One year ago, on Feb. 5, 2020, Bob Emery, DrPH, UTHealth vice president of Safety, Health, Environment, and Risk Management, convened and moderated a panel of regional experts on the topic of a dynamic and nascent emergency, the novel coronavirus epidemic.
At that time, the virus had just been declared a global health emergency by the World Health Organization (Jan. 30, 2020) and had not yet been named COVID-19. Throughout the panel discussion, a worldwide coronavirus map managed by Johns Hopkins University displayed the number of total confirmed cases worldwide to date at 24,631 and total deaths 494.The panel at the UTHealth School of Public Health included Dr. David Persse, health authority for the Houston Health Department; Dr. Umair A. Shah, then-executive director of Harris County Public Health and now secretary of health for the State of Washington; and Dr. Philip Keiser, Galveston County local health authority, at the UTHealth School of Public Health; Dr. Luis Ostrosky, professor of internal medicine; and Dr. Cesar Arias, professor of internal medicine.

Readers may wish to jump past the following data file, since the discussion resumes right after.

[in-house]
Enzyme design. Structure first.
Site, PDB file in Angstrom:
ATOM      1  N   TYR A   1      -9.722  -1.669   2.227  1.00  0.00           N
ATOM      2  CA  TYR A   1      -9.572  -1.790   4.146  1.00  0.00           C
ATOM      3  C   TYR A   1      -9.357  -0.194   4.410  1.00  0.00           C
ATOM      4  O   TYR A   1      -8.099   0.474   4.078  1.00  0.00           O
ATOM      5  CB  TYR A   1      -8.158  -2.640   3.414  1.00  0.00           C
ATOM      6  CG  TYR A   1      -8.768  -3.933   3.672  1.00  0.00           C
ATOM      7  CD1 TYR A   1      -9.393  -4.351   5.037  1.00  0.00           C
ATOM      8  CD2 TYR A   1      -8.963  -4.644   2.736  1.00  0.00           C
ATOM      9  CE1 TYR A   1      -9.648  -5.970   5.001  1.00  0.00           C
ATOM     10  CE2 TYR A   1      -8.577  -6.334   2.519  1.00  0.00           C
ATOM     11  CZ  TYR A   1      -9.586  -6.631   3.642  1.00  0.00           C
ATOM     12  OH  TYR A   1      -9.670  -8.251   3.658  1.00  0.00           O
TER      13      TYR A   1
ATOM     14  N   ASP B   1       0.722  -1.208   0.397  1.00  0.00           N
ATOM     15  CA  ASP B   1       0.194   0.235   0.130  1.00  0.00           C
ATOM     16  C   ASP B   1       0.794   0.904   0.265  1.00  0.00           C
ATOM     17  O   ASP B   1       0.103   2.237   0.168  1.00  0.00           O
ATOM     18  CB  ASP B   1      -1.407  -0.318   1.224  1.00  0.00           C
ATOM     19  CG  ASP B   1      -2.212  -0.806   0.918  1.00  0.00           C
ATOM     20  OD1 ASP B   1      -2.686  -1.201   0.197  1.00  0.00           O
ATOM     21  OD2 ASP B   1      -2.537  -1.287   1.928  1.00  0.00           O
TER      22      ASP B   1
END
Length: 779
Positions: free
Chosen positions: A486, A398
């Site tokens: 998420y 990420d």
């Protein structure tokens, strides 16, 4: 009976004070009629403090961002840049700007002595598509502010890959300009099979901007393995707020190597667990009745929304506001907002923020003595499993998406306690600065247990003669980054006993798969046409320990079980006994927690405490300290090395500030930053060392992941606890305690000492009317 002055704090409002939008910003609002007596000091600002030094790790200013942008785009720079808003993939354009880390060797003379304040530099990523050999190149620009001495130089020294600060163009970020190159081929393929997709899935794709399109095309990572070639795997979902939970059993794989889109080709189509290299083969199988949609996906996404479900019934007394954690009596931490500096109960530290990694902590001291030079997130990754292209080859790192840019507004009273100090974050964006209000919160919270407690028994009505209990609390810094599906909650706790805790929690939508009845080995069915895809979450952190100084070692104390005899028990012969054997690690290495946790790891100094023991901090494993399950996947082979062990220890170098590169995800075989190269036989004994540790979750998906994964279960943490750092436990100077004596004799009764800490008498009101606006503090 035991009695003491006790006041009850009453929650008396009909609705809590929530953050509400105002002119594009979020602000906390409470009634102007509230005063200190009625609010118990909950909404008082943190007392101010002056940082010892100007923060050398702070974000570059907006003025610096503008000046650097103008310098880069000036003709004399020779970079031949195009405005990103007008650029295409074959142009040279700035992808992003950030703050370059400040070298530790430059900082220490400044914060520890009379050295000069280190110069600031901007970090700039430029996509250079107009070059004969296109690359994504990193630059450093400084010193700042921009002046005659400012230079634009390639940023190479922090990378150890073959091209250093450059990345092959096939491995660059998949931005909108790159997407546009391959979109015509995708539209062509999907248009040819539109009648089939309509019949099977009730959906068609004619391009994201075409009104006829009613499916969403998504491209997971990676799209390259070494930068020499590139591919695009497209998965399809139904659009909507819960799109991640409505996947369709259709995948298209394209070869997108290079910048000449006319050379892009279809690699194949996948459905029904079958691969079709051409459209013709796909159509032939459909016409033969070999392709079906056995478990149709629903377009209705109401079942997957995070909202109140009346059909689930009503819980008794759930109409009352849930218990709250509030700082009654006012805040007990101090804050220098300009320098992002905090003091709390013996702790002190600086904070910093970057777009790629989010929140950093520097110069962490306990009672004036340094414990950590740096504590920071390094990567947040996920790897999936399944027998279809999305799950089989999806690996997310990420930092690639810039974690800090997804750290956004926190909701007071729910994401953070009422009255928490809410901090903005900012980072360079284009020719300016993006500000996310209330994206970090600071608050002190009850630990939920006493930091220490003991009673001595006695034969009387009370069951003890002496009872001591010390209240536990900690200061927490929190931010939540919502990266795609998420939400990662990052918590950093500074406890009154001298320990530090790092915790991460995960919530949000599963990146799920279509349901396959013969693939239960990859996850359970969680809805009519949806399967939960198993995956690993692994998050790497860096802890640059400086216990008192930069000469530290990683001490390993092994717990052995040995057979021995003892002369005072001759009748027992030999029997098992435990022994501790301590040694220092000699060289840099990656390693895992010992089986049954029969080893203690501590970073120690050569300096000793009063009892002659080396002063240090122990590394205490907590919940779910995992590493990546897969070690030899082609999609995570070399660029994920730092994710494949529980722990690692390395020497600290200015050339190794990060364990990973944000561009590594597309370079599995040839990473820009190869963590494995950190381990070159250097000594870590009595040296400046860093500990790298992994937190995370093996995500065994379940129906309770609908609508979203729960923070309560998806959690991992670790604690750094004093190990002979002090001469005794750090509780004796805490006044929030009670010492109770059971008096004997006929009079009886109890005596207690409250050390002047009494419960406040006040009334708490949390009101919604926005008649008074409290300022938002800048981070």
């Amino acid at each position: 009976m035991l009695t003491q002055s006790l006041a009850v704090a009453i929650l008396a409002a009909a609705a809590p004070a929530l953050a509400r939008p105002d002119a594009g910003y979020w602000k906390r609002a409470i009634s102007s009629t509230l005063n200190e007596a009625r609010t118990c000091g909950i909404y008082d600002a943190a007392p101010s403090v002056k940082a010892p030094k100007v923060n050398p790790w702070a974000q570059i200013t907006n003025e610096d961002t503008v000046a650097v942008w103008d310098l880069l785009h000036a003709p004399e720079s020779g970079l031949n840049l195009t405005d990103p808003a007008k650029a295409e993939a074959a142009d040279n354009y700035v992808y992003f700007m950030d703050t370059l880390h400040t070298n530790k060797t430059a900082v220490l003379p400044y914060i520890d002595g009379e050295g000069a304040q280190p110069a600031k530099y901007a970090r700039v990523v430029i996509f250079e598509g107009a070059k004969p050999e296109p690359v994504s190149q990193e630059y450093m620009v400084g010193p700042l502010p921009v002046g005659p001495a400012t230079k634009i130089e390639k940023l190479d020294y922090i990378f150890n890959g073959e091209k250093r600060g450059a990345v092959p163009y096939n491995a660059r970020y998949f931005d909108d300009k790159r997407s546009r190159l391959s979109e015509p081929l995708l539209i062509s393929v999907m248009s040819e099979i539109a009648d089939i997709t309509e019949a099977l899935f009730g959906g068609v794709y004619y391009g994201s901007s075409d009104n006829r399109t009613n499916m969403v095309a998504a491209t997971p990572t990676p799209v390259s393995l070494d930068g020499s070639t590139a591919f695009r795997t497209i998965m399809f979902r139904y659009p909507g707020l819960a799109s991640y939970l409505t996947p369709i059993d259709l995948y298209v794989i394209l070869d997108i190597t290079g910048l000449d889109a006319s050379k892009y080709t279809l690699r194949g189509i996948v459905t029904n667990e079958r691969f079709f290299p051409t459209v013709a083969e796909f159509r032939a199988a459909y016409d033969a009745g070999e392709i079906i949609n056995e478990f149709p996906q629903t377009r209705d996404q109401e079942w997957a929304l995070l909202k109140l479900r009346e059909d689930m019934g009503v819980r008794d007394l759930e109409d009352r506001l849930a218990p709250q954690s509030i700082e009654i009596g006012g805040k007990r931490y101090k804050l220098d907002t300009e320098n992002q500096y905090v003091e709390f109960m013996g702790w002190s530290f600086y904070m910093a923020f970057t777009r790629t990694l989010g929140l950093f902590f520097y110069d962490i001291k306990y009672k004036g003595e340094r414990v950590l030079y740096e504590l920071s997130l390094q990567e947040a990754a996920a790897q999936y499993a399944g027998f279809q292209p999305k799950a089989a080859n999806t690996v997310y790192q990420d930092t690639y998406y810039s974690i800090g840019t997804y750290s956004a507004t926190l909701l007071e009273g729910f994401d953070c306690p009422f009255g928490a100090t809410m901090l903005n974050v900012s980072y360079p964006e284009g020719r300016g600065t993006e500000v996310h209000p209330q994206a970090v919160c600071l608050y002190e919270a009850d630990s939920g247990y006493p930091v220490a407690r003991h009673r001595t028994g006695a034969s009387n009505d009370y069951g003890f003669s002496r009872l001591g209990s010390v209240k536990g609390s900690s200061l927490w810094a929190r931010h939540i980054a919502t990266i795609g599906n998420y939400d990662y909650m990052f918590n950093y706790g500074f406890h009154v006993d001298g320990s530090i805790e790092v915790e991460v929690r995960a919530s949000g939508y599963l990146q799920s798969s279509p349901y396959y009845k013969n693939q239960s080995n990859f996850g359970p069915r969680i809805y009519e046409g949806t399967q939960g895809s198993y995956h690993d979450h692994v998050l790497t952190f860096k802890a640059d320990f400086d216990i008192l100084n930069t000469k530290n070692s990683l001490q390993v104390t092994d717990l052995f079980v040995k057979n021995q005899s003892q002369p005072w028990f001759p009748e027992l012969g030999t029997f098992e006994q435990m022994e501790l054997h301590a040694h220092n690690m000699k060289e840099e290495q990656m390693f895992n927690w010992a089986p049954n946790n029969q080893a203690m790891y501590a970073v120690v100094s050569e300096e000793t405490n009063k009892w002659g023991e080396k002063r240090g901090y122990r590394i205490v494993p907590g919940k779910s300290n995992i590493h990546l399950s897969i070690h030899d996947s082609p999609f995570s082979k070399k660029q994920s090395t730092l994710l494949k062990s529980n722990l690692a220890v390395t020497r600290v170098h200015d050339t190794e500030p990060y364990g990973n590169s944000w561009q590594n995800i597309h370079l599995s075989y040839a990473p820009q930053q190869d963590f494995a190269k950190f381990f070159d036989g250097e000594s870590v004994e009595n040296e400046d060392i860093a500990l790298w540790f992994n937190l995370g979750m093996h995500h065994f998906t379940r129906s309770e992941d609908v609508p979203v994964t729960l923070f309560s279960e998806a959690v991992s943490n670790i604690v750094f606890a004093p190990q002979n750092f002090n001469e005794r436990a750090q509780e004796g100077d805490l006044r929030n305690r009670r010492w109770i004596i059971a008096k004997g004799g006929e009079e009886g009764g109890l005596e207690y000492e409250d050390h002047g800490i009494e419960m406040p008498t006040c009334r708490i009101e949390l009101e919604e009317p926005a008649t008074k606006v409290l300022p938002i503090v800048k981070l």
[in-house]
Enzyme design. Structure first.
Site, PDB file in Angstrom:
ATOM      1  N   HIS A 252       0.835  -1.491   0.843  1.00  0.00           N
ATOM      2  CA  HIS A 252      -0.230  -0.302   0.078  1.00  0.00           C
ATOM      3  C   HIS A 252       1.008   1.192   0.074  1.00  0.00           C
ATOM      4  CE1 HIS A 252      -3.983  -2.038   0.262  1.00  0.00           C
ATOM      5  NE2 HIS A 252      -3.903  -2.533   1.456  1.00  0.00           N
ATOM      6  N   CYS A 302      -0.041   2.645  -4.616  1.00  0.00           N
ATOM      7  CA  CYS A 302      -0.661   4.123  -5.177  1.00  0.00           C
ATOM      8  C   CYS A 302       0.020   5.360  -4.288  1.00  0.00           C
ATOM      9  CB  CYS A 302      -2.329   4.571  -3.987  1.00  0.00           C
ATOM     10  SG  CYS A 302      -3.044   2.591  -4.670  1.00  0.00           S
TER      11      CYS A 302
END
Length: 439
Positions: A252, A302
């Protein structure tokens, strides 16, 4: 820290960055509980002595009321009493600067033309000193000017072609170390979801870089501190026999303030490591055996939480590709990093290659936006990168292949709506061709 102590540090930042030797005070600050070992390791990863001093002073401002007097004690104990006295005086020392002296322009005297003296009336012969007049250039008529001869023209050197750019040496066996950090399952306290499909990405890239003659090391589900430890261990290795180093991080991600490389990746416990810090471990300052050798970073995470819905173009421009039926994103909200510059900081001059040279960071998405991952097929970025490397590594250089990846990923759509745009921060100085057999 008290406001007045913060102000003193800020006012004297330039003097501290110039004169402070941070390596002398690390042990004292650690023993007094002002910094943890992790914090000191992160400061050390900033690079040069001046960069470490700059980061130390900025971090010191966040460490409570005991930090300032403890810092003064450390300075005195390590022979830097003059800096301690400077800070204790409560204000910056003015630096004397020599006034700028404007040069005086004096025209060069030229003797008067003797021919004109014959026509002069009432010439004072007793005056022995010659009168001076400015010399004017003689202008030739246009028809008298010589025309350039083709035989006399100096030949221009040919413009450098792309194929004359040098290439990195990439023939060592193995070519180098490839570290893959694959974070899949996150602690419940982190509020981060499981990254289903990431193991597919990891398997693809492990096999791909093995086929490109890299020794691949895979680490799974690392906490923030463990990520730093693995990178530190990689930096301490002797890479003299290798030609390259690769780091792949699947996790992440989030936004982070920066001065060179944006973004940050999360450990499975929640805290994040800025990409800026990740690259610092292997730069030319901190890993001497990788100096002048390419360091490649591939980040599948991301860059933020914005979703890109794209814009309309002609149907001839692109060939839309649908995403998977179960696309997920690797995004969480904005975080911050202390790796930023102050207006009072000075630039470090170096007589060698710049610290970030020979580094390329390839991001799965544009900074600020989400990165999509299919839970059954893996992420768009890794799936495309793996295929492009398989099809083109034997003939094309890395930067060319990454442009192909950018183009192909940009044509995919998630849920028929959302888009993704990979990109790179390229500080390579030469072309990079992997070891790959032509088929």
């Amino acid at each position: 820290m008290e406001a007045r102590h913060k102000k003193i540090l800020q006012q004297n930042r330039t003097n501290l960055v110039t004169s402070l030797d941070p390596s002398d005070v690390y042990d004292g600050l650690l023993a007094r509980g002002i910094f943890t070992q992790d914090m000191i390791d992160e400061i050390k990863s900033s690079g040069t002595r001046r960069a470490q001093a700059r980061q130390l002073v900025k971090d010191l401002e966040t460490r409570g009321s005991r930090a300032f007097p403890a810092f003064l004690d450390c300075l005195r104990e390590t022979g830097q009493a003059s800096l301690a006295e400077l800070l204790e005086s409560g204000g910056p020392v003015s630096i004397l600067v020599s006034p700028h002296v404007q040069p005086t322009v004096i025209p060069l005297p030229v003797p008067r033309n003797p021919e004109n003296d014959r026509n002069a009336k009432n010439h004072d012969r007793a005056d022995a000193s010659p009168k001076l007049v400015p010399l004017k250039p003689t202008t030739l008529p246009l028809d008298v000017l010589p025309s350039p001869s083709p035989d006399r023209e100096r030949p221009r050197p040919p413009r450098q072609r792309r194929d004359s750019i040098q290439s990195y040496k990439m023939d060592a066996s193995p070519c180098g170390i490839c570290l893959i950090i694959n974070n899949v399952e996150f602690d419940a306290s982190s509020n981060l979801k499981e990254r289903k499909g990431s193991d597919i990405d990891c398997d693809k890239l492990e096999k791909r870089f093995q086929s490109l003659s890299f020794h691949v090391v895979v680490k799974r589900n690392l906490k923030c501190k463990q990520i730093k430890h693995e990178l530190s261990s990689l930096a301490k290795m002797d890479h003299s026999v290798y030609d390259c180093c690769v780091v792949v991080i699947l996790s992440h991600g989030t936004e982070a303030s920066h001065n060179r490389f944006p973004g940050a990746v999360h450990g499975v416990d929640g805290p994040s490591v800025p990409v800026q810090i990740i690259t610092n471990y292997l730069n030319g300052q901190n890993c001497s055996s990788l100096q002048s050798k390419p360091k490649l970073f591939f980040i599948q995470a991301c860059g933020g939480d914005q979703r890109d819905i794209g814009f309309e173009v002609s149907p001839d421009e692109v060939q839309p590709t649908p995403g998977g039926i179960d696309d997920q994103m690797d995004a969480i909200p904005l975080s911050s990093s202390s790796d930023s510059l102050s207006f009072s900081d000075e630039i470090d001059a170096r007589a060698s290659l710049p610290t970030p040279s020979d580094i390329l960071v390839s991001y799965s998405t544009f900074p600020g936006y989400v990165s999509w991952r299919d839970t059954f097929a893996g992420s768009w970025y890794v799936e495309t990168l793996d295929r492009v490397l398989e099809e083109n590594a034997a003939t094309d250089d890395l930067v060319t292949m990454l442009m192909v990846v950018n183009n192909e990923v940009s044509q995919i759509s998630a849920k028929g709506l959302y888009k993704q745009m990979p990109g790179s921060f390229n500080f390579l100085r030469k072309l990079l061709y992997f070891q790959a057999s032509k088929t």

The experts presented on what was known regarding coronaviruses, spoke about transmission, preparations, testing, and pandemics. They also took questions from a rapt audience. One year later, Emery and Ostrosky give their reflections on where we were and what has been learned since.
Bob Emery, DrPH: